Friday, November 2, 2018


It was just time. Snaps had just turned five months old. I wanted to put him on wild chukar, and it just so happened that I had a day to do it.  I made the drive to the desert with only him crated in the back. Sunnie and Tic would have to sit this one out, and they were not happy about it. No matter, it was a day for Snaps. He had been on a dozen or so pen raised chukar and had pointed wild Ruffed grouse, Sharptail Grouse, Huns, and a couple wild hen pheasants previously so I was reasonably confident if I got him around birds nature would take over.

When I finally parked the truck and dropped the tailgate Snaps was wound up tight. He was running all around and clowning about like usual. I laughed as I thought, “Boy, any chukar that dies today because of this clown is a shame to his covey.” Grinning, I put two purple shells in my Citori and started up the hill with more questions in my mind than anything else.

At first, Snaps seemed to enjoy this new playground of thin grass, steep hills, and rocks to play on. He was running bigger than usual and to my surprise pushed out to about 150 yards. Until then he
had not shown enough confidence to get that far away from me. I was pleased with this new run. After about a half hour he stopped on the hill as if to look it over. I think he might have thought, “What's this strange place the boss has taken me to now?” He calls me the boss. Angie doesn't need to know. After a moment to ponder things he burst into his usual run of 45 yards to the left and 45 yards to the right. For now, I will take this. I know the wheels will come later.

He had made a little cast off to my right and disappeared behind the curvature of the hill. The next time I saw him, he looked serious and appeared ready to fight something. He was walking on a frozen rope straight into the wind. His nose was high in the air, and the hair on the back of his neck was sticking straight up as if the scent of something inherently evil was on the
wind. His eyes were intensely focused and huge. He continued moving over the crest of the hill, ran 30 yards or so, and hit point. He was not in a perfect pose. He actually looked a little nervous as I walked a big arc around him and moved down below. It was indeed the scent of something evil, and two chukars flushed out of range. Snaps took a dozen steps and pointed again. I took a step and ten or more flushed from below him. I picked one out swung the gun and dropped it. Little Snaps chased it down the hill and pounced on it only to lose footing in the steep terrain and tumble passed the bird. He came to his feet looking a little surprised by his fall, but the young fella quickly recovered and began plucking feathers from the body of the expired chukar. I yelled, “fetch!” He looked up at me defiantly with a mouth full of feathers. “Fetch!” I screamed again. He eventually picked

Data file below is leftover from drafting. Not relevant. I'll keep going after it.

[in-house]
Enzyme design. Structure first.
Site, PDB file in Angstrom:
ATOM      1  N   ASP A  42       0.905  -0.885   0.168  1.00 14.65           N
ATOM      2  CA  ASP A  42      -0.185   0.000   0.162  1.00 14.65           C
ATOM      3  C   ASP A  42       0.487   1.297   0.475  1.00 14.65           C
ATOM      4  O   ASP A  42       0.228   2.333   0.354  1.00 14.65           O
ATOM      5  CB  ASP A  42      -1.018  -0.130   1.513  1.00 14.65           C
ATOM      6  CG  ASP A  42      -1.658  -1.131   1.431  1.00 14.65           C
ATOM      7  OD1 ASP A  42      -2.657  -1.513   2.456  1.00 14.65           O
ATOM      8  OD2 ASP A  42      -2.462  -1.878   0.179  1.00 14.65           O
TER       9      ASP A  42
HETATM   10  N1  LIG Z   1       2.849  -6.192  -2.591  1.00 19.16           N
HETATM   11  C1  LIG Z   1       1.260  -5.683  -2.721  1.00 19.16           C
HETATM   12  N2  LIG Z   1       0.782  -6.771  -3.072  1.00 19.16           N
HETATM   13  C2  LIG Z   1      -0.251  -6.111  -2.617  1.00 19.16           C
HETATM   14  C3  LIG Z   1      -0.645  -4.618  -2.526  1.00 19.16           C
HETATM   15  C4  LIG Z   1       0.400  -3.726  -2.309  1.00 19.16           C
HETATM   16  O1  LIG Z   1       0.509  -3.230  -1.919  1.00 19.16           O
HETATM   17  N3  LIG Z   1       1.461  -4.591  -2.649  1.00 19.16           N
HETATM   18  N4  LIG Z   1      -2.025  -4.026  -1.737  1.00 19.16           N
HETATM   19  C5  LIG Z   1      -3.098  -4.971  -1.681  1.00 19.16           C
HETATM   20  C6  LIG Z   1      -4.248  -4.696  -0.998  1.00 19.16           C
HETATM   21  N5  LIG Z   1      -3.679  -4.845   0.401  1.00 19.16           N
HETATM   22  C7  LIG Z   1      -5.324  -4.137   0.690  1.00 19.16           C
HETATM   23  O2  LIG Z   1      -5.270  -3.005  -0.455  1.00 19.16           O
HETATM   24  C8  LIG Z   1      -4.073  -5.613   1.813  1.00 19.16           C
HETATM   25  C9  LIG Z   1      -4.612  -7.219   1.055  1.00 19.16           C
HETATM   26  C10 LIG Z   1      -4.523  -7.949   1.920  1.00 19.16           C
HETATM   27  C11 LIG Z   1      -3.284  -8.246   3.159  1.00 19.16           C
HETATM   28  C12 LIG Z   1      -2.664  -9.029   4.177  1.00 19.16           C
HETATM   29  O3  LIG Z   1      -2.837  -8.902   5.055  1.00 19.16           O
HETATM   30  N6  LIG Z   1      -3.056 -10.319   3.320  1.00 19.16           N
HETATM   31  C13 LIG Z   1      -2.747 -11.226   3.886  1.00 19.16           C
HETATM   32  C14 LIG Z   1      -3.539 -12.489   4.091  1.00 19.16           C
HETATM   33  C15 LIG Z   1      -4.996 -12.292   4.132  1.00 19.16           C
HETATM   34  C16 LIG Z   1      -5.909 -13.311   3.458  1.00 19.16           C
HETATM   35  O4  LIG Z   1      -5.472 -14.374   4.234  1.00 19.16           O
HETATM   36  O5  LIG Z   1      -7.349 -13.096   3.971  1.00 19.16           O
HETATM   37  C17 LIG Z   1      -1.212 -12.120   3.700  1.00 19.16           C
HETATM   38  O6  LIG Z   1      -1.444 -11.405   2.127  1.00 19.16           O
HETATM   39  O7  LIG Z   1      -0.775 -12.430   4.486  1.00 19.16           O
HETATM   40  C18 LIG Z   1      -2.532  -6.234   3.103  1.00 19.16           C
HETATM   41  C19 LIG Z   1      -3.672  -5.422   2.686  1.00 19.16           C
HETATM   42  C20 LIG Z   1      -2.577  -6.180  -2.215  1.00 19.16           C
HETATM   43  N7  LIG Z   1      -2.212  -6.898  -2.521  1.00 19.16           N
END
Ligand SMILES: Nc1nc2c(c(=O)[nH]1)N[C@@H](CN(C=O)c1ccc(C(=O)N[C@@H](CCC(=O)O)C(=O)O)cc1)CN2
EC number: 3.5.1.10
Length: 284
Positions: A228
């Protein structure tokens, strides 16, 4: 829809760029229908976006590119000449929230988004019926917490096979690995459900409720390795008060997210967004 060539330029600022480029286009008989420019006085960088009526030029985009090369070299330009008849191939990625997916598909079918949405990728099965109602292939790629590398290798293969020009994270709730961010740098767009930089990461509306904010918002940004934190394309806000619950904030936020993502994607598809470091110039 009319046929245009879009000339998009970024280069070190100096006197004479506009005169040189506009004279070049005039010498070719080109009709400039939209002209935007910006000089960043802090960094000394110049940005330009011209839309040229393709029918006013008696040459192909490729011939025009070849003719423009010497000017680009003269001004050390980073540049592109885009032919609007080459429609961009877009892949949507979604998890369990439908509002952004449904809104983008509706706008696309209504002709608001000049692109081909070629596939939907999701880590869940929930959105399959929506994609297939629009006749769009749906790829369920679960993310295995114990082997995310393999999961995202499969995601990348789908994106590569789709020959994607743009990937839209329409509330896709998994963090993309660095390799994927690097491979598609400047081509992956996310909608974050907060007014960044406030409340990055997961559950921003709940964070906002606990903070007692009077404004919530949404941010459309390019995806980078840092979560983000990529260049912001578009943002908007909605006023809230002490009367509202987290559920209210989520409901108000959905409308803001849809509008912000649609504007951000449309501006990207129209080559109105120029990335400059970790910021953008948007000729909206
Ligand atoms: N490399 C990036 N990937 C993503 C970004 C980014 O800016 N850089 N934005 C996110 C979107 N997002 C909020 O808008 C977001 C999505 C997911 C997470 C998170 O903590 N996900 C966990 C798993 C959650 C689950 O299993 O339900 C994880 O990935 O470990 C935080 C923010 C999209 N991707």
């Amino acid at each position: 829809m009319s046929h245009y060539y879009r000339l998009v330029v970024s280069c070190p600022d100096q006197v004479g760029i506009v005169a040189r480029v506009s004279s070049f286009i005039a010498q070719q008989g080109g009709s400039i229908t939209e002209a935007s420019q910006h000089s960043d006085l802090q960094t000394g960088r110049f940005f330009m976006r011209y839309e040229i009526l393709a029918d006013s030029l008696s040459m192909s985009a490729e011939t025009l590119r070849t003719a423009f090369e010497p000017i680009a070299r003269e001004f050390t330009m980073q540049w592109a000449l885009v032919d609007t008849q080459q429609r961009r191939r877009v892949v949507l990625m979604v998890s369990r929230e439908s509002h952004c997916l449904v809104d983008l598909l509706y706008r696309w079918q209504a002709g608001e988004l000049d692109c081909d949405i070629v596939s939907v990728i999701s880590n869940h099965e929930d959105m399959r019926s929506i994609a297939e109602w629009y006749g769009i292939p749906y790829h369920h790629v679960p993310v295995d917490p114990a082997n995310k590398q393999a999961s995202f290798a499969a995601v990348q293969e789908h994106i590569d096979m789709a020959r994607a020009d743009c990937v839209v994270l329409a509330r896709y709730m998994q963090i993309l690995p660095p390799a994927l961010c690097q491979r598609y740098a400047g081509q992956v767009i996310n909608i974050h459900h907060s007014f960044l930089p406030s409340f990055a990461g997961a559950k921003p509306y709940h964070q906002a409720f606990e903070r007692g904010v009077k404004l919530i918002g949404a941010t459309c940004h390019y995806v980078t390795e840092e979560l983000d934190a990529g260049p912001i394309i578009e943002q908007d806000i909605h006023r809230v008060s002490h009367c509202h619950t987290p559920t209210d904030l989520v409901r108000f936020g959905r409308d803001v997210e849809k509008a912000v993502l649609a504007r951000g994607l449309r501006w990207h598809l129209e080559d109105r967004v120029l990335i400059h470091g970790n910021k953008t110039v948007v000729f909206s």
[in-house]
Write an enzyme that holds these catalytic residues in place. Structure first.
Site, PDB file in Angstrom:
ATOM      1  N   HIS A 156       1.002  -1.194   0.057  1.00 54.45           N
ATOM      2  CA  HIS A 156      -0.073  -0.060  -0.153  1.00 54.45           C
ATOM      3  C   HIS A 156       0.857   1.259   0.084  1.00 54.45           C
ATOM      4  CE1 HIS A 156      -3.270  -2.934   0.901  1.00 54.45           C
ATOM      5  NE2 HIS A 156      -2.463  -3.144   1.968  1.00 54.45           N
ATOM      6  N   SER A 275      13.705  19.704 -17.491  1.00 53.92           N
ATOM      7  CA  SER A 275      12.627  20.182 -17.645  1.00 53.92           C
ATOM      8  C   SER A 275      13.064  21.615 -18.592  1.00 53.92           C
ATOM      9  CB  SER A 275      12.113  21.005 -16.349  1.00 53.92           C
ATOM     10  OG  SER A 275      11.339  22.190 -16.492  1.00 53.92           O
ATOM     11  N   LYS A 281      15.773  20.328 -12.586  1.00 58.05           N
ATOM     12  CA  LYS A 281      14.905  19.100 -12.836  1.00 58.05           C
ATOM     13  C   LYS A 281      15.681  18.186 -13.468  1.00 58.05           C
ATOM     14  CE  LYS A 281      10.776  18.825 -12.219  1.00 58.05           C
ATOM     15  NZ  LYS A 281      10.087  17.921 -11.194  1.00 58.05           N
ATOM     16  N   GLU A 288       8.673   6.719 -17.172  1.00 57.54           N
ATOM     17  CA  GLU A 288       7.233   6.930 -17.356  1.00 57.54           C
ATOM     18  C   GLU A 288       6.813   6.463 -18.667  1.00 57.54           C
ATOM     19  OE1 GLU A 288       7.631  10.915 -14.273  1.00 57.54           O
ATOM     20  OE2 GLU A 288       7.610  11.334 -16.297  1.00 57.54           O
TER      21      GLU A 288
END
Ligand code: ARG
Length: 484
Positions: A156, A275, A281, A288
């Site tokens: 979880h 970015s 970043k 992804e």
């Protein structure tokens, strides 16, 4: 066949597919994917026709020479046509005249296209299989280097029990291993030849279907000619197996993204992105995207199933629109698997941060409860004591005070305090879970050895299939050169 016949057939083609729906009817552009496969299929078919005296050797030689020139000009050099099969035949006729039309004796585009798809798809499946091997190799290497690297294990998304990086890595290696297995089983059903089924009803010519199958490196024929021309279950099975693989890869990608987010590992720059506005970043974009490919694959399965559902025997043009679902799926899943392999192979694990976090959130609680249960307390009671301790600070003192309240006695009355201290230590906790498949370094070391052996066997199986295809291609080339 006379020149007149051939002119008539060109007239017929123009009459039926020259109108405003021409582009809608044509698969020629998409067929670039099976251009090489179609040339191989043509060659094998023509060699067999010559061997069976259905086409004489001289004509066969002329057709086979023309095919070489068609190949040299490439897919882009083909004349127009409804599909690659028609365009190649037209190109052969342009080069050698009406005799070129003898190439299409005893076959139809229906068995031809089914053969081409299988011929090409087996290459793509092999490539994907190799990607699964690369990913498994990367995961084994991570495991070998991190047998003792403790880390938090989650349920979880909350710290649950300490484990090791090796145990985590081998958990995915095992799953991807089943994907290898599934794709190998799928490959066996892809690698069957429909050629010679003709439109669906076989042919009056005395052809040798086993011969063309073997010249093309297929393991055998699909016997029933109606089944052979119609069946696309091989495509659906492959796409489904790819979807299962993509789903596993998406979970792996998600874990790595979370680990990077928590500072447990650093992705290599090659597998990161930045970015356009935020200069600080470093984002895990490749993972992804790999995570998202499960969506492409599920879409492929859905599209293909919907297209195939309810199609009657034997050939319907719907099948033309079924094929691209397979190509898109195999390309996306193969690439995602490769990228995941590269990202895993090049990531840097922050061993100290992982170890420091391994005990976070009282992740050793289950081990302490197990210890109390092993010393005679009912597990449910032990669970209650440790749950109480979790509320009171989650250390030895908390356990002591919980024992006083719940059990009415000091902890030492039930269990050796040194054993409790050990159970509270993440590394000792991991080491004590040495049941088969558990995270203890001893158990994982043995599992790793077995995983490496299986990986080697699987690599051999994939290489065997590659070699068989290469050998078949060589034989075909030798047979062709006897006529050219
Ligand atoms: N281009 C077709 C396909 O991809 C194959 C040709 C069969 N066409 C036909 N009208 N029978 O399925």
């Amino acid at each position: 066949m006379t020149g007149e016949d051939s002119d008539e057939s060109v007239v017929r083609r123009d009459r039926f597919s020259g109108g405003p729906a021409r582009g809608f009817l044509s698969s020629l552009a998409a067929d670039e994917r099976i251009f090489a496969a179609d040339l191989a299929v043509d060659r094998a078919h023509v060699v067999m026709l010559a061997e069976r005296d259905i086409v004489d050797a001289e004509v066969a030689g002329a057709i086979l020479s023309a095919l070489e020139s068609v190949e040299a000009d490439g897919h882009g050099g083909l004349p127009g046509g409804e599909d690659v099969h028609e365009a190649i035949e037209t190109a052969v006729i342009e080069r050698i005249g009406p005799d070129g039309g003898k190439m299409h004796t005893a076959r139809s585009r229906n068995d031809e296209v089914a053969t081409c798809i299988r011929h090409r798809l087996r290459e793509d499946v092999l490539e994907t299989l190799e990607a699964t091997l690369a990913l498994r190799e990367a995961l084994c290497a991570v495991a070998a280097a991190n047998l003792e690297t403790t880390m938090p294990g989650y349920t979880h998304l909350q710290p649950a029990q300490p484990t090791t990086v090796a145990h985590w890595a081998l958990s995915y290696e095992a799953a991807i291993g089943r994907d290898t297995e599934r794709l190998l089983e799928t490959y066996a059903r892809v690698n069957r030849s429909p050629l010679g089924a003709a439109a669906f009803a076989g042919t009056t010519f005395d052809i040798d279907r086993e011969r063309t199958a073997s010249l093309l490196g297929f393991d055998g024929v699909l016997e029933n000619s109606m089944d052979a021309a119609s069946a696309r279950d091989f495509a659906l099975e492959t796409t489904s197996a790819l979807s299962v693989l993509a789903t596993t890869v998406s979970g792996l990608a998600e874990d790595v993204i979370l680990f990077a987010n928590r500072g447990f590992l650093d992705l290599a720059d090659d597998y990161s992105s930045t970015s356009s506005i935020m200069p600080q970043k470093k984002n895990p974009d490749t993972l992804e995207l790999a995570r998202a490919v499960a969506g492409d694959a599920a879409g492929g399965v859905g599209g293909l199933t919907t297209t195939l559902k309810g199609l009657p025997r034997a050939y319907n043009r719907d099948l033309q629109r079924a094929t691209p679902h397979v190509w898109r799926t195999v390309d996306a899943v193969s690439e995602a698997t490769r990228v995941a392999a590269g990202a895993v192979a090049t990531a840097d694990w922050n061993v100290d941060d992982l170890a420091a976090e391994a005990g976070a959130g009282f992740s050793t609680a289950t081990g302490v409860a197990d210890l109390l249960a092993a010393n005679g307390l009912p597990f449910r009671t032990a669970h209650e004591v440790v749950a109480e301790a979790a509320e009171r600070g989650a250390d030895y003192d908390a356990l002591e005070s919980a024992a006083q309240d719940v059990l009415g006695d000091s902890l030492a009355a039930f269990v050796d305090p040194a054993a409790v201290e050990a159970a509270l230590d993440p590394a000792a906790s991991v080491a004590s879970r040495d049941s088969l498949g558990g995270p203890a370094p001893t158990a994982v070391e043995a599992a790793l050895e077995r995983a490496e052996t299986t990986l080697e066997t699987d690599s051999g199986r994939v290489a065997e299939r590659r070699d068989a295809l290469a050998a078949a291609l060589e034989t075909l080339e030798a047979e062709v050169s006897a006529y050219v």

it up and carried it halfway back before he got bored with it and left it to begin looking for that evil scent again.

“I'll take that too,” I thought as I stumbled down the hill to pick up the bird. I pocketed my first chukar of the season, and we were back to the search. We side-hilled and stumbled for another 30 minutes until my puppy started acting excited. He searched and searched but could not find the birds. They flushed 50 yards above us. I was able to see where they went and came up with a plan to get on top of them. In 15 or 20 minutes we were dropping down the hill where I had watched the covey land. The wind was coming up the mountain nicely, and Snaps soon found scent. He pointed and then moved forward, and all the birds flushed. I had to let them fly away, and this time I couldn’t see where they went. It didn’t matter, this is what I had signed up for, and I was enjoying watching the little guy learn. The question on my mind was, would he learn from it.

As we continued our hike. I was thinking of my favorite chukar dog, Sunnie, and how much ground she covers as I watched this little guy cover what he could. I could also see he was starting to get tired. I was about to turn around and start back when he suddenly got birdie again. He was hesitant this time to go into that scent. I'm not sure why exactly, but when I started to move in his direction of interest all fear was lost. He ran down the hill until he pointed awkwardly. This time he did not move anything but his eyes. My heart raced with excitement as I moved out in front. The covey exploded. About twenty birds flushed. I picked the easiest shot and pulled the trigger. Then ten more flushed. Then three went, followed by a pair, and then one final late flusher. Snaps was caught up in the excitement and did not even notice that one bird had fallen at my shot. I called him back after he settled down and gave him the dead bird command. He searched as we had practiced and quickly recovered my injured bird. To my surprise, he retrieved to hand like he had been doing it forever. “That went well.” I couldn’t have been more pleased. He had done really well there. I elected to turn around and head back to the truck on that positive note.
out from under him.

Snaps got to have his first “burned cedar” picture taken when we got back to the truck. Someday soon there will be a five-bird limit on the tree next to him. He grew a little today. I could watch his understanding of what we were doing improve right before my eyes. For those wondering I elected to shoot only one bird at a time to prevent chaos and possible lost birds. He is still just a baby. I like to keep it simple when they are small.

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